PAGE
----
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Teaching the Flying Change
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Teaching the Flying Change
by Kristin Hermann

Learning the flying change determines whether or not a horse advances into the collected work beyond Second Level. It is an intense movement that dressage trainer Roanne Denny says takes a year to train thoroughly.


She learned the flying change from Herbert Rehbein, five-time Champion Professional German Dressage Trainer. "Herbert Rehbein has a reputation for being able to teach a cow the flying change," Denny said.


The flying change first appears in Third Level, Test 3. Two simple flying changes are required from a counter canter on a 20-meter circle.


Tempi changes begin at Fourth Level. Test 1 requires changes from a counter canter but on a straight line. Test 2 asks for changes of lead every fourth stride across the diagonal. The tempi changes continue through the FEI levels with Prix St. Georges every four strides, Intermediare I every three strides, Intermediare II every two strides, and Grand Prix every stride.


Preparing for the Flying Change


"A horse's age doesn't determine when he is ready for the flying change," Denny said. "If you have a 12-year-old in training, you may have to return to basic ground work in order to develop the muscles needed for the flying change," she said.


Denny's 3-year-olds do 20-meter circles. As their muscles develop, she gradually decreases the circles to 15-meters. Her 4-year-olds begin 10-meter circles if their muscle strength, balance and coordination allow them to comfortably stride underneath themselves while maintaining rhythm. Doing circles too small at an early age may damage the hocks: Denny suggests training under professional guidance.


When the horses can do 10- and 5-meter circles at a canter without losing balance and breaking into a trot, Denny begins to teach them the counter canter.


"After accomplishing counter canter and maintaining serpentines, 20-and10-meter circles at a counter canter without losing balance, the horse is ready to begin the flying change," she said.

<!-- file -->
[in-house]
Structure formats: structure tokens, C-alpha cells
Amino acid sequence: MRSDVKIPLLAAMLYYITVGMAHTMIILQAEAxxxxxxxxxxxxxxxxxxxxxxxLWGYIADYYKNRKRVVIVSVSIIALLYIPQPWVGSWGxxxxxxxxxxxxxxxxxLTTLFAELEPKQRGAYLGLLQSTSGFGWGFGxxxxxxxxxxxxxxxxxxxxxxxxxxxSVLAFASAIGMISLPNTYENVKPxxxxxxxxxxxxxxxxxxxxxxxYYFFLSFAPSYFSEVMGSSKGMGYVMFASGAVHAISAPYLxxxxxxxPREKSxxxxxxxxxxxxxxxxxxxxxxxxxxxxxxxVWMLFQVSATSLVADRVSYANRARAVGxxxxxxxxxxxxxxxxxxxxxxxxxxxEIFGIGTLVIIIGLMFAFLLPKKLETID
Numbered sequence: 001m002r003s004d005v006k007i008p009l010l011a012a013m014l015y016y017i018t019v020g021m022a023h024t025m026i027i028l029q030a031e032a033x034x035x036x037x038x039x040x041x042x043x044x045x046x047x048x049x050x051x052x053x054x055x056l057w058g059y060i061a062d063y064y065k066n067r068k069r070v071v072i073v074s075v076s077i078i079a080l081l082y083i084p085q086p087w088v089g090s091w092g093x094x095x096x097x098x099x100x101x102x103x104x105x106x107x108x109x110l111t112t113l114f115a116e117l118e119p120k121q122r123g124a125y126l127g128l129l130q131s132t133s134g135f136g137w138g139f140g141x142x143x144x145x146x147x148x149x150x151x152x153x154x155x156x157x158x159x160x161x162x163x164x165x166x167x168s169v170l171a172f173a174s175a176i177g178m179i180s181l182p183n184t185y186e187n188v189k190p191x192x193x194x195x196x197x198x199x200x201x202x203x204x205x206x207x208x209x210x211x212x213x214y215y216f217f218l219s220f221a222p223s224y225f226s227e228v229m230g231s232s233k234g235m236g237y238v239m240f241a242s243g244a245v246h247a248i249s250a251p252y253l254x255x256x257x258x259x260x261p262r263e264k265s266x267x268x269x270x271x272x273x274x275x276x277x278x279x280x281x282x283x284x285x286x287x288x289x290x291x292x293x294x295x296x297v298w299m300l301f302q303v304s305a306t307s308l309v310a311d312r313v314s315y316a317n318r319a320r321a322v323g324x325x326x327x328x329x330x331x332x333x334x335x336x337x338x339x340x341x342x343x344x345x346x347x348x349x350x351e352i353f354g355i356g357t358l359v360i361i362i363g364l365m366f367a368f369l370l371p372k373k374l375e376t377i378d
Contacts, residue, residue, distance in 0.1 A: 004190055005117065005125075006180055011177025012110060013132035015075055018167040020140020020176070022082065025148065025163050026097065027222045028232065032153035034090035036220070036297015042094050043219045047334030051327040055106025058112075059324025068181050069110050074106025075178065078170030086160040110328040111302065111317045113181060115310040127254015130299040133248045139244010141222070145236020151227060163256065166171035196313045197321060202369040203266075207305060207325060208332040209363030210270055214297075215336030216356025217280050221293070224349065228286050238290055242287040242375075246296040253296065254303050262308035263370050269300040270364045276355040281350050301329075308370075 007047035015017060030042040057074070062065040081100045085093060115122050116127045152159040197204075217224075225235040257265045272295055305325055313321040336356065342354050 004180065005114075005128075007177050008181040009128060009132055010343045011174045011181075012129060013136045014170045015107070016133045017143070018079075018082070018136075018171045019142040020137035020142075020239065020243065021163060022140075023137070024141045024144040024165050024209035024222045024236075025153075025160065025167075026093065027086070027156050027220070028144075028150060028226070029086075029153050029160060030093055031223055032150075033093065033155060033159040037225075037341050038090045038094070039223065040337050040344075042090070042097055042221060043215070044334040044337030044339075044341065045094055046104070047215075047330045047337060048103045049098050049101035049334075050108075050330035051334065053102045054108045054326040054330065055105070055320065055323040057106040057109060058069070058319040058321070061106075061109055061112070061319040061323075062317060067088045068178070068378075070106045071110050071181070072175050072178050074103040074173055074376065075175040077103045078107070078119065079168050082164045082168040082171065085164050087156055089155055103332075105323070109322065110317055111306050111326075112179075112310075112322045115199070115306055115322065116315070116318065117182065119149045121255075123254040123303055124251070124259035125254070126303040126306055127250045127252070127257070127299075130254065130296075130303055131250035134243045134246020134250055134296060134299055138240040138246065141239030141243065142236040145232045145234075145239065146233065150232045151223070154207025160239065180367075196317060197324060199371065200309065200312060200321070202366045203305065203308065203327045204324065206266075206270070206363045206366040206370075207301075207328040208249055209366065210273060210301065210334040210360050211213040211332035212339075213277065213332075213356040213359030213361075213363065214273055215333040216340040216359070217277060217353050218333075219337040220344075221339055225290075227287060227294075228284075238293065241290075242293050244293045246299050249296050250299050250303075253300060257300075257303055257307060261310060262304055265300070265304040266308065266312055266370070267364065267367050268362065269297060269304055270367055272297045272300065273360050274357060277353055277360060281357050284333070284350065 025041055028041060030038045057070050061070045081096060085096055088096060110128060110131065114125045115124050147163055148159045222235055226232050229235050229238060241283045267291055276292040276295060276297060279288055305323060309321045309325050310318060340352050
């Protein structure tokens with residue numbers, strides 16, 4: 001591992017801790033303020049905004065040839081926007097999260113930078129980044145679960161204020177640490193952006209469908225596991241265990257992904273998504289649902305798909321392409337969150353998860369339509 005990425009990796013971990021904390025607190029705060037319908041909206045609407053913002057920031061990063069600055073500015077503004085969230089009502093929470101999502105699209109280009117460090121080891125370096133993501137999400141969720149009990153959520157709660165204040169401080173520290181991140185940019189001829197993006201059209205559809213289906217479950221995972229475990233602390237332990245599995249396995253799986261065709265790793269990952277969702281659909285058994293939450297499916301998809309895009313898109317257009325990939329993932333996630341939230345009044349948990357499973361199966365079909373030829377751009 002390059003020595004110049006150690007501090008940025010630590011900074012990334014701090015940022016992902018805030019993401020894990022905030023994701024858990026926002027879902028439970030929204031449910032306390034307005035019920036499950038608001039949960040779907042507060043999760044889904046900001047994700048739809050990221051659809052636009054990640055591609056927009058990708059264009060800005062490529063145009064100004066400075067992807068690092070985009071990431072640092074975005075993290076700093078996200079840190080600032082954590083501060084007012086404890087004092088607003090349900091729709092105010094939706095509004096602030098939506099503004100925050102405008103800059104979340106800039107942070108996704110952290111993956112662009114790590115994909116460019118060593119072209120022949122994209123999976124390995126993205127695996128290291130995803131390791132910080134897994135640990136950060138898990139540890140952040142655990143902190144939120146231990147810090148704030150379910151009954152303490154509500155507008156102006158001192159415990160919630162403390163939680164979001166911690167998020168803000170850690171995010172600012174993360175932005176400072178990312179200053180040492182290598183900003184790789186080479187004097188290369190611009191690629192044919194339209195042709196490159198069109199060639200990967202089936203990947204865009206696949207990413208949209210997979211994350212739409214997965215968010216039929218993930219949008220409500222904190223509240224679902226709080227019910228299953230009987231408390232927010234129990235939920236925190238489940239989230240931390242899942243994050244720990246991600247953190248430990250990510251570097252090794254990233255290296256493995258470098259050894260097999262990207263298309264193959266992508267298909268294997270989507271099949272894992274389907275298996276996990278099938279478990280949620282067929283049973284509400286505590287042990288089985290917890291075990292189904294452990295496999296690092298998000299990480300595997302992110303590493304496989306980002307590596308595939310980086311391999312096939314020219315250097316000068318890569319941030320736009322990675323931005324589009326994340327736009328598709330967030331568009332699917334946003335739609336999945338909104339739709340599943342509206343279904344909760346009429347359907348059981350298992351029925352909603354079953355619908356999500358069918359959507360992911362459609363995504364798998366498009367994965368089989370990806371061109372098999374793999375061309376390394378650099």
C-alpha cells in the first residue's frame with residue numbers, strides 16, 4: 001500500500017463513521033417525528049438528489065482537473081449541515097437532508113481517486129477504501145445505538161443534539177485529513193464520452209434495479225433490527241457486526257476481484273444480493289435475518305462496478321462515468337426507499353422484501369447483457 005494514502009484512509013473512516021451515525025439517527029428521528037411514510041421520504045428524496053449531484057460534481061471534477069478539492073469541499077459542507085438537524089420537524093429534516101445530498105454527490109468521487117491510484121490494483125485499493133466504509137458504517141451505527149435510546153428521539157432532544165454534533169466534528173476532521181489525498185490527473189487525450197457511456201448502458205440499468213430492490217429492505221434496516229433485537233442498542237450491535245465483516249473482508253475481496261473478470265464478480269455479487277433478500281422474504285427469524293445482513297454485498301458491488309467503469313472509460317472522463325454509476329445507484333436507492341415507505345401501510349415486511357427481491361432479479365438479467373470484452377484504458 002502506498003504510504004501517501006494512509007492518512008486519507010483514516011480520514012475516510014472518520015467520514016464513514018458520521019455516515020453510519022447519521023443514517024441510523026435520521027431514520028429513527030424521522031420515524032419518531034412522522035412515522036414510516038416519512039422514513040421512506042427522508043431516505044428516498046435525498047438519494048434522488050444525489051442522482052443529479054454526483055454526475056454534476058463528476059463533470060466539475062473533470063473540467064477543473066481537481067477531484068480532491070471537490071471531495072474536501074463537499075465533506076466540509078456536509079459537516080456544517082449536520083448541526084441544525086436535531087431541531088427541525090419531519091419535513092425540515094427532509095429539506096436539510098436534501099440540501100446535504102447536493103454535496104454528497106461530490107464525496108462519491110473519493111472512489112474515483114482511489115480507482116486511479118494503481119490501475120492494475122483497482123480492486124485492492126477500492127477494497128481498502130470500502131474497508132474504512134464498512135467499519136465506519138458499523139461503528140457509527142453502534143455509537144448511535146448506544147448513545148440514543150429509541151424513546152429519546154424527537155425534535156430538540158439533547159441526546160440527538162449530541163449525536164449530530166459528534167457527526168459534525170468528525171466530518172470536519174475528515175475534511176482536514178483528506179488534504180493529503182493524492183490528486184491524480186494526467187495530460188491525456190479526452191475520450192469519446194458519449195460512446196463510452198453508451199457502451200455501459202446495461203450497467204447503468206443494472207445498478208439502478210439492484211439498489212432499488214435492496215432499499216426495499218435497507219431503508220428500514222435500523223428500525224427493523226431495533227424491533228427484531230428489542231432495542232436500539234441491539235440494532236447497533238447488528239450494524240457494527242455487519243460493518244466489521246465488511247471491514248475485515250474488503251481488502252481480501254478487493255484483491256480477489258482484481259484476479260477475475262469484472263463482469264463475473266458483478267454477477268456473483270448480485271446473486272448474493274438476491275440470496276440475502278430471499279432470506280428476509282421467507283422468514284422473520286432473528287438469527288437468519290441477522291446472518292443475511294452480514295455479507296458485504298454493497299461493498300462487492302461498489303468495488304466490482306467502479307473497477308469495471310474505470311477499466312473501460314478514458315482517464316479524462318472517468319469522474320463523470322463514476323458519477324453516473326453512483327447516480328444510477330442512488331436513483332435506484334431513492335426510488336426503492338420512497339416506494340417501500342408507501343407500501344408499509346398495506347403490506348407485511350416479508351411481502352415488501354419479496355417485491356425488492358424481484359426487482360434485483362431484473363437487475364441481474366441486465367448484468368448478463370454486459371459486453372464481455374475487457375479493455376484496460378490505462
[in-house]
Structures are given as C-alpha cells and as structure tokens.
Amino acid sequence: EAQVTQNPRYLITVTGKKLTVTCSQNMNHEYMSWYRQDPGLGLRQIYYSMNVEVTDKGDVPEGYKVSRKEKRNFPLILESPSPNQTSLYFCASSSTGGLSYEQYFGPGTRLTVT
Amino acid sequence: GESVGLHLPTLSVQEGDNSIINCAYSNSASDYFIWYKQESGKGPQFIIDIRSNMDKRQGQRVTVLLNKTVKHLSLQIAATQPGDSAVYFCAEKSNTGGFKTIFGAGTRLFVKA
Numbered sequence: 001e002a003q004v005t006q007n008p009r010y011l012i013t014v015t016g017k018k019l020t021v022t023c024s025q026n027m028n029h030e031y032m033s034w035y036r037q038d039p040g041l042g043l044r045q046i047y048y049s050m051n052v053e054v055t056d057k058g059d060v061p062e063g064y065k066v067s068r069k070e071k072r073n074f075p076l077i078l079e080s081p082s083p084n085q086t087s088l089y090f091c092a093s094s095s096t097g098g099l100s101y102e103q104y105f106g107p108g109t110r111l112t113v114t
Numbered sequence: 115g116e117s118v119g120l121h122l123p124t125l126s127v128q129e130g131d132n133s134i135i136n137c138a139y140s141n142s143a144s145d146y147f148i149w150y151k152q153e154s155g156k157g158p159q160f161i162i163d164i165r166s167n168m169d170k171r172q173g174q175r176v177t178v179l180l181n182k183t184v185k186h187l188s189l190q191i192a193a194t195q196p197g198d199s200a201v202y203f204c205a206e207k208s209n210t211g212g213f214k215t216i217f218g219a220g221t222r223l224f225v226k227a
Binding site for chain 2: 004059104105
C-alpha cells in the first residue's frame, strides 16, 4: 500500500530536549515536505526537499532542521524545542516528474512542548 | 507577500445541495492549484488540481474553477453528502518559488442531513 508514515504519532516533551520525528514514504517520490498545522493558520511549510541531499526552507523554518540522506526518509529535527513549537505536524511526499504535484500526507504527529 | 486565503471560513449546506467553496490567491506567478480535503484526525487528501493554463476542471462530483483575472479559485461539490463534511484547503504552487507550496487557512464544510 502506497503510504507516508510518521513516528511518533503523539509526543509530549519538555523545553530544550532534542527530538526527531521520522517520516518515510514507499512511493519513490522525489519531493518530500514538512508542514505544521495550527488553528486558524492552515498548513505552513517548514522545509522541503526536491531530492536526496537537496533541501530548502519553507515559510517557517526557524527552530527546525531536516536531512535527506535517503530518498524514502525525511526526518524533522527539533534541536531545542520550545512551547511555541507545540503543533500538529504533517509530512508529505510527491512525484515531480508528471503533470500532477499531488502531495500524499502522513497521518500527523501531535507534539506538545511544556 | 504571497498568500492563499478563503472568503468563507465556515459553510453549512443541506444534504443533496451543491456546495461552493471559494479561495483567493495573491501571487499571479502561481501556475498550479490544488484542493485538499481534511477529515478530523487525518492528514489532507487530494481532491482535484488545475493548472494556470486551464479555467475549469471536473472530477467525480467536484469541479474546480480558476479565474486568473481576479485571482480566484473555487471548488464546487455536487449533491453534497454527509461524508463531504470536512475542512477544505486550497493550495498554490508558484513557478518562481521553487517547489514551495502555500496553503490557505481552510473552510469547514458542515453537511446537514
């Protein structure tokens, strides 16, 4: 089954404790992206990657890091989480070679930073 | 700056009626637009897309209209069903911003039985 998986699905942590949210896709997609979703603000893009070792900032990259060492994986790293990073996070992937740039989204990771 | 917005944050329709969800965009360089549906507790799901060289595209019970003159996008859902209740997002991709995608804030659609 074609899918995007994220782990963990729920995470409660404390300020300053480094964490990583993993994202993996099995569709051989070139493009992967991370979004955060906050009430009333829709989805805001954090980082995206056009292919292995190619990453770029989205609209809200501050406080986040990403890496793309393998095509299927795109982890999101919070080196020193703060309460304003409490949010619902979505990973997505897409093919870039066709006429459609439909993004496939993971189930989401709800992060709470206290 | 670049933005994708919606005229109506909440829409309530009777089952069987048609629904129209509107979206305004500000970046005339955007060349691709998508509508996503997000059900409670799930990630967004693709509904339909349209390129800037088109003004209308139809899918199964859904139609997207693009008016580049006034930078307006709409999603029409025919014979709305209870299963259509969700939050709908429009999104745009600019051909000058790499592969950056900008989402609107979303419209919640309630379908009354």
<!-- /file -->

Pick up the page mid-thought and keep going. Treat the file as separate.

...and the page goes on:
Denny depends on circles and serpentines to supple, balance and strengthen the horses. She also teaches them shoulder-in, haunches-in and half-pass at a trot and canter for balance.


Roanne Denny-Winnett
In this picture, the horse is not tracking up as we would like.

Roanne Denny married John Winnett, who in 1972 was Captain of the USA Olympic Dressage Team, and in 1982 and 1989 was a member of the gold medal winning dressage teams at the Olympic Festivals.

Aids for the Change


When Denny teaches a horse the flying change, she places her outside leg well back on the horse, uses firm pressure of the leg and maintains a strong rein contact on the same side to keep the horse straight in the head and neck. The outside rein prevents the horse from swinging to the inside and keeps the horse from changing in front first.


"Riders shift their weight in a sense but will use their bodies less the more changes they do," Denny said. "The rider has to feel for the right timing and then apply a positive hand and leg aid," she said. "I either use a half circle back to the track and ask for the change just before the rail, or I ask when on a counter canter on a straight line."


If the canter is collected and the haunches are engaged, the chances are better that the horse will change behind instead of in front. "You run a risk that the horse will be late behind, which means he changes in front first and then comes through one or two strides later from behind," she said. "The horse coming from behind causes each change to come through a bit like an explosion."


Denny usually has a ground person who tells her if the changes come from behind.


"I tend to reassure the horse after I have done the flying change by bringing him back to the walk, patting him and going on to something else," Denny said. " It takes a lot of time and patience."


"With a young horse, I would do a couple changes, then perhaps leave it for a few weeks. I try to avoid being repetitious and getting the horse worked up and excited about it."


Problems to Avoid


Anticipation is a common problem with the flying change. "When a horse anticipates a flying change, that is not the time to ask for one," Denny said. "Instead stay in the counter canter until he settles again."


Denny does each flying change in a different place. Some training sessions she does not do one at all. She said it takes about a year before the horse learns the flying change properly and does not anticipate it.


Trainers should never attempt a flying change in a corner.  "This will throw the horse off balance, and the change will be crooked," Denny said. "Chances are the haunches will also swing outward."


Avoid teaching he flying change from a counter canter on a circle. Sometimes this works; sometimes it does not.


"People train with the inside rein and outside leg, shifting their weight to change the bend in the horse, thus asking him onto the other hand," Denny said. "The problem with this method is the horse starts to swerve to the inside, then begins to change late from behind. This is murder to correct."


After executing a few changes, the horse will automatically get a little stronger, perhaps coming onto the forehand and increasing his pace, Denny said. Once he learns the flying change, dont practice them too often.


"With a couple of changes, I pat the horse and leave him alone," she said. "After the horse knows what is expected of him, provided he has accepted the flying change, he cannot wait to do them."

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